By Dean Weingarten
Arizona – -(Ammoland.com)- On Wednesday, 25 November, 2015, President Barack Hussein Obama signed the National Defense Authorization act.
He had vetoed the first version of the bill to reach his desk on 22 October, 2015, about a month ago.
In the latest version, S. 1356, there is a section, 1087, which re-authorizes the Civilian Marksmanship Program to sell surplus 1911 and 1911A1 pistols and their parts and accessories to the public.
The sales are limited to 10,000 per year. There are about 100,000 of these pistols available that are surplus, so they should be available for several years.
‘‘(h) AUTHORIZED TRANSFERS.—(1) Subject to paragraph (2), the
Secretary may transfer to the corporation, in accordance with the
procedure prescribed in this subchapter, surplus caliber .45 M1911/
M1911A1 pistols and spare parts and related accessories for those
pistols that, on the date of the enactment of this subsection, are
under the control of the Secretary and are surplus to the require-
ments of the Department of the Army, and such material as may
be recovered by the Secretary pursuant to section 40728A(a) of
this title. The Secretary shall determine a reasonable schedule
for the transfer of such surplus pistols.
‘‘(2) The Secretary may not transfer more than 10,000 surplus
caliber .45 M1911/M1911A1 pistols to the corporation during any
year and may only transfer such pistols as long as pistols described
in paragraph (1) remain available for transfer.’’.
I would have thought that the wording could simply have been changed to include surplus “pistols” not just 1911 and 1911A1s. Then surplus .22 caliber trainers, 9mm pistols, and .38 caliber revolvers would also have been available. Perhaps this is the best that the NRA felt they could get from this President.
The NRA-ILA reports that there are other important parts of the bill as well. Section 215 removes ammunition and ammunition components from any possibility of regulation by the EPA, something that has been pushed by disarmists for years, without success.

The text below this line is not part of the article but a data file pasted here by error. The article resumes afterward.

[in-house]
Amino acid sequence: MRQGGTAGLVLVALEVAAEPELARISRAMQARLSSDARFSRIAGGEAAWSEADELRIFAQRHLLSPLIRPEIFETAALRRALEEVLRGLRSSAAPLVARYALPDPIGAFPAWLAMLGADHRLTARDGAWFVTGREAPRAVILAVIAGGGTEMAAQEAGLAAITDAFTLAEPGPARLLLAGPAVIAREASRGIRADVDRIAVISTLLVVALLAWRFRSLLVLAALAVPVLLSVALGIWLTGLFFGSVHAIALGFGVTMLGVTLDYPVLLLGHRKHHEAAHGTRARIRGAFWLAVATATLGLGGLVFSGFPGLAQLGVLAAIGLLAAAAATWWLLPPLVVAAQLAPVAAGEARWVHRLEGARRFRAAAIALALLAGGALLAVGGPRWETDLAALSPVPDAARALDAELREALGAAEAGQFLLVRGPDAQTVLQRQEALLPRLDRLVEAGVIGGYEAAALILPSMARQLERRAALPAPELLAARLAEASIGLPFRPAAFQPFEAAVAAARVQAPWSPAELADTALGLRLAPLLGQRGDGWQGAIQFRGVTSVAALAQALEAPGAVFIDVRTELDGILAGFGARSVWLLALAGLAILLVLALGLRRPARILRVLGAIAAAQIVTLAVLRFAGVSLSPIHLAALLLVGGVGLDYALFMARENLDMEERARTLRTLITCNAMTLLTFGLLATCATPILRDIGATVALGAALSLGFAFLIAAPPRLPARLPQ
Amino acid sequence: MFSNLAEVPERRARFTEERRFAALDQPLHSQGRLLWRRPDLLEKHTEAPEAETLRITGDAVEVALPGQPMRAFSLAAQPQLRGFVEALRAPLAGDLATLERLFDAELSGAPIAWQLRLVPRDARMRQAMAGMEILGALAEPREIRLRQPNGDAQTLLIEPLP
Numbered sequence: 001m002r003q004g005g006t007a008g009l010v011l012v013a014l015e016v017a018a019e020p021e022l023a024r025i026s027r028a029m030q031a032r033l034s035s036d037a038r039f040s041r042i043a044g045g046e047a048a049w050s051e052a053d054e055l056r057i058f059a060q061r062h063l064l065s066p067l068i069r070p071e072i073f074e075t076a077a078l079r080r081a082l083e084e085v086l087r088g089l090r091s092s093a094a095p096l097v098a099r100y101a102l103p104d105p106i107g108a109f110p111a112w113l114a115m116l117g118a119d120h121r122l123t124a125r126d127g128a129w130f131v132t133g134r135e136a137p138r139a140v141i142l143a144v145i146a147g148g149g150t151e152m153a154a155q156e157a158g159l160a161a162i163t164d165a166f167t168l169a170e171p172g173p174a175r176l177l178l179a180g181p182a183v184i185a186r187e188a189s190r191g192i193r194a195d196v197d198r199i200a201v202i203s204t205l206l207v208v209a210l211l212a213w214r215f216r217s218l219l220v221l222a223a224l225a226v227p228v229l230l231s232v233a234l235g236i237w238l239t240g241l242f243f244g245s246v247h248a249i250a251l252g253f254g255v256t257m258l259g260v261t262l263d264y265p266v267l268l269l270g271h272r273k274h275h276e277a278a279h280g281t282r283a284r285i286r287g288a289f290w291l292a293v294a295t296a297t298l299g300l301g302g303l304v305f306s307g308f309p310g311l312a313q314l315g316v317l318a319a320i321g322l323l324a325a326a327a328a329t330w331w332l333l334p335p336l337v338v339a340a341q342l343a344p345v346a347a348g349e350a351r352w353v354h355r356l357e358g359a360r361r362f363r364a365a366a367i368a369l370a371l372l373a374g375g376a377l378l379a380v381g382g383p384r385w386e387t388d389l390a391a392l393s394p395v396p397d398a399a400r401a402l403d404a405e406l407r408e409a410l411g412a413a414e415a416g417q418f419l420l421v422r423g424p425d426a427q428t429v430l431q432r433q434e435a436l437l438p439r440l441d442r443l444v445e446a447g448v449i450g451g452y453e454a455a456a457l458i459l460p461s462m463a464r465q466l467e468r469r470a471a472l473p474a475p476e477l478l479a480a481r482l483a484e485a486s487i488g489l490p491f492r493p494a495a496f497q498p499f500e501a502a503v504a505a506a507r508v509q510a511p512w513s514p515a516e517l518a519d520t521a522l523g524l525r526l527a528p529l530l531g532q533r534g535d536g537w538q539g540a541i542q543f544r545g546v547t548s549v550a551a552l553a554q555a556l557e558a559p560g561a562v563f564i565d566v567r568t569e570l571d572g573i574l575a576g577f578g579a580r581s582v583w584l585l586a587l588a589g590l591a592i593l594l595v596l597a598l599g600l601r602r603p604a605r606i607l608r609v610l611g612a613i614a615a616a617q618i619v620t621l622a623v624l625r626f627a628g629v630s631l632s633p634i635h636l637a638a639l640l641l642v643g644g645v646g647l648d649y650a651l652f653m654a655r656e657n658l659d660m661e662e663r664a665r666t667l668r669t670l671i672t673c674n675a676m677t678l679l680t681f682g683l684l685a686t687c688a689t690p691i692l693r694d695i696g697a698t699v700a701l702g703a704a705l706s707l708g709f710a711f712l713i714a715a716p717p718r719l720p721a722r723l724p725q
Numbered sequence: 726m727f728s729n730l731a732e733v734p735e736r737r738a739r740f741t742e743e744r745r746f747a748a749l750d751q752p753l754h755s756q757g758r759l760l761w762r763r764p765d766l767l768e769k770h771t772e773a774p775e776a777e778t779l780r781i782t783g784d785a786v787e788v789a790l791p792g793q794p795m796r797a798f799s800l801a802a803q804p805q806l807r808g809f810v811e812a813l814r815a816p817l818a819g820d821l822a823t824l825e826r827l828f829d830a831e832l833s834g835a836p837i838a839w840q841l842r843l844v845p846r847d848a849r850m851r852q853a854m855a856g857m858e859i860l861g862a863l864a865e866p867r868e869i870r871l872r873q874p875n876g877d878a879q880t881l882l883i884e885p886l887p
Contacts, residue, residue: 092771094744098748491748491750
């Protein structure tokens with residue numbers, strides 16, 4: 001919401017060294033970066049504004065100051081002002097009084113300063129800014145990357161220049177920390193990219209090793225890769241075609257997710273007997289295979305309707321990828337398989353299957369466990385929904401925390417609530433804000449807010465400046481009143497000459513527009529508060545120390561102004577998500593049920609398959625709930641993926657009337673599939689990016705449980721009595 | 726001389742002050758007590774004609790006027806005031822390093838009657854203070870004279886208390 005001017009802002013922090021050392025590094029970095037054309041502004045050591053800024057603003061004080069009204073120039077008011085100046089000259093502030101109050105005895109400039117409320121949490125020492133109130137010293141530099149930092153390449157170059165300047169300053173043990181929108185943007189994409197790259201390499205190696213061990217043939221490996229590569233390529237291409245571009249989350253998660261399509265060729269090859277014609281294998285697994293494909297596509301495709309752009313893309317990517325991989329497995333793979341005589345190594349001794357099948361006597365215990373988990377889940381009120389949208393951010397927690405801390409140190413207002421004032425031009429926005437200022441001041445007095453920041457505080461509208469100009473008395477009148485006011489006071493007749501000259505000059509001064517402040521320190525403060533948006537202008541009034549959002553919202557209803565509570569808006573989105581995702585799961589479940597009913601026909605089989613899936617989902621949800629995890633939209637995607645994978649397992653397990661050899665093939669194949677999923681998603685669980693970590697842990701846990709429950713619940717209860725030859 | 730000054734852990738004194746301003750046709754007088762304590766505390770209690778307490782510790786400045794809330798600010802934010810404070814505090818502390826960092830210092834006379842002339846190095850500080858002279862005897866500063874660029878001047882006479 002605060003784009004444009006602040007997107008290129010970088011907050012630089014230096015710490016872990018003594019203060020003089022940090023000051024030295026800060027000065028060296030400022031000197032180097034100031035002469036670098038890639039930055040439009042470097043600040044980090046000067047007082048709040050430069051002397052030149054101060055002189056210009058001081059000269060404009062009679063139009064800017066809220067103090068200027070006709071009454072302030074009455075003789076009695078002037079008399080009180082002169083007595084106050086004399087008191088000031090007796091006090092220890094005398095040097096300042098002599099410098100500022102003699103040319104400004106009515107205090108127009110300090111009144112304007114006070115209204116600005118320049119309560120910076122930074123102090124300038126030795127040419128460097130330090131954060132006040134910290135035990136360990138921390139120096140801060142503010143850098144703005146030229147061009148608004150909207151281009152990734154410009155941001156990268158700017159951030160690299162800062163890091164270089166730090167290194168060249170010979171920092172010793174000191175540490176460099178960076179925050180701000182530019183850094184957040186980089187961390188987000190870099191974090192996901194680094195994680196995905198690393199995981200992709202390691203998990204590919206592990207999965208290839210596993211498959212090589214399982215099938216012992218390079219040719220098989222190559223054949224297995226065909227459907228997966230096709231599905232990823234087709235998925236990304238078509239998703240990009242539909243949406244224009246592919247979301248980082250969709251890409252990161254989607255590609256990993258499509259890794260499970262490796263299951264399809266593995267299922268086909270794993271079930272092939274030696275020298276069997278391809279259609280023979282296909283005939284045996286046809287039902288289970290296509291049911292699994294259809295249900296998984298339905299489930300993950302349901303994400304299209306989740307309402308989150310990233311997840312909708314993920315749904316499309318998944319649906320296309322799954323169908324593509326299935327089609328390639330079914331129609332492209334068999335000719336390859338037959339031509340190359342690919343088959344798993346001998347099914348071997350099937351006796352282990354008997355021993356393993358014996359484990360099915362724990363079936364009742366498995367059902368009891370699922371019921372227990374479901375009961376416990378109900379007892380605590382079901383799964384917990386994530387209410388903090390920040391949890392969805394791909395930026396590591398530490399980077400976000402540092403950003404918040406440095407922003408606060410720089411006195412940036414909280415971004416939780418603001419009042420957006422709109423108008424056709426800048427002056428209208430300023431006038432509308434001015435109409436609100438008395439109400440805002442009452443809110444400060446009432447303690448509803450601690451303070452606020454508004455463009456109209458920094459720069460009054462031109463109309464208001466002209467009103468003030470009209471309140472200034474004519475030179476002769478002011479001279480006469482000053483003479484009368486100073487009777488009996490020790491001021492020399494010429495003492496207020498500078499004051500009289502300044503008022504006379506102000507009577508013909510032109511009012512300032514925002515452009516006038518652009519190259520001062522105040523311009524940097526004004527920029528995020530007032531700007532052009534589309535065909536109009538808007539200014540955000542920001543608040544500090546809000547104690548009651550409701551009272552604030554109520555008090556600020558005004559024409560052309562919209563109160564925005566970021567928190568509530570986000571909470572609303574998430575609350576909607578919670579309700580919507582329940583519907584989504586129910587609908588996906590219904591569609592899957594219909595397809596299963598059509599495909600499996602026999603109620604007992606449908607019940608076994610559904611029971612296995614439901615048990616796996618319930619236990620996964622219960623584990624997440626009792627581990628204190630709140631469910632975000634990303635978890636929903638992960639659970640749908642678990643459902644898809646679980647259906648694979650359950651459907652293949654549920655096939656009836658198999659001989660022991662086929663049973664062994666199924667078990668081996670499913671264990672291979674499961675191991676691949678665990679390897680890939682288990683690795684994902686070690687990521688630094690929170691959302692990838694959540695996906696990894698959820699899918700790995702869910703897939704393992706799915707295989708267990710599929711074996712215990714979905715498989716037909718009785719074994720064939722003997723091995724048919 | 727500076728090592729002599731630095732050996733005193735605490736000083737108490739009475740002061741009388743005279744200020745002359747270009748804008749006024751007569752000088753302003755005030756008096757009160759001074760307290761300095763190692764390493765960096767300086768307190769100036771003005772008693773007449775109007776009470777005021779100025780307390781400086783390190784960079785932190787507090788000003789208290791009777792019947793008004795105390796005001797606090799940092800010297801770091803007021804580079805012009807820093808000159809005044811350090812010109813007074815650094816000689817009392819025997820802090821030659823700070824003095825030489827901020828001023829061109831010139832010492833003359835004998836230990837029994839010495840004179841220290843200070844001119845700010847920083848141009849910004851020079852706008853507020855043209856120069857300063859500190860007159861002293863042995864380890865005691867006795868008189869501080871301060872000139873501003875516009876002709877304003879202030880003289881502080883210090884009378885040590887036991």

Section 526 creates the possibility for base commanders to authorize individuals to carry firearms for self defense, but it is a pretty weak reed.
From the bill:
SEC. 526. ESTABLISHMENT OF PROCESS BY WHICH MEMBERS OF THE
ARMED FORCES MAY CARRY AN APPROPRIATE FIREARM
ON A MILITARY INSTALLATION.
Not later than December 31, 2015, the Secretary of Defense,
taking into consideration the views of senior leadership of military
installations in the United States, shall establish and implement
a process by which the commanders of military installations in
the United States, or other military commanders designated by
the Secretary of Defense for military reserve centers, Armed Serv-
ices recruiting centers, and such other defense facilities as the
Secretary may prescribe, may authorize a member of the Armed
Forces who is assigned to duty at the installation, center or facility
to carry an appropriate firearm on the installation, center, or facility
if the commander determines that carrying such a firearm is nec-
essary as a personal- or force-protection measure.
I would have preferred that the phrase “such a firearm is necessary” had been changed to “such a firearm is useful”, which would have given the commanders much greater protection and flexibility. But it is better than nothing, and can be built on for the future.
So there is a small amount of good news included with the President’s holding defense spending hostage to his desire for even more bloated non-defense spending.
I suspect that the military .45 pistols will sell quickly.
c2014 by Dean Weingarten: Permission to share is granted when this notice is included. Link to Gun Watch
About Dean Weingarten;
Dean Weingarten has been a peace officer, a military officer, was on the University of Wisconsin Pistol Team for four years, and was first certified to teach firearms safety in 1973. He taught the Arizona concealed carry course for fifteen years until the goal of constitutional carry was attained. He has degrees in meteorology and mining engineering, and recently retired from the Department of Defense after a 30 year career in Army Research, Development, Testing, and Evaluation.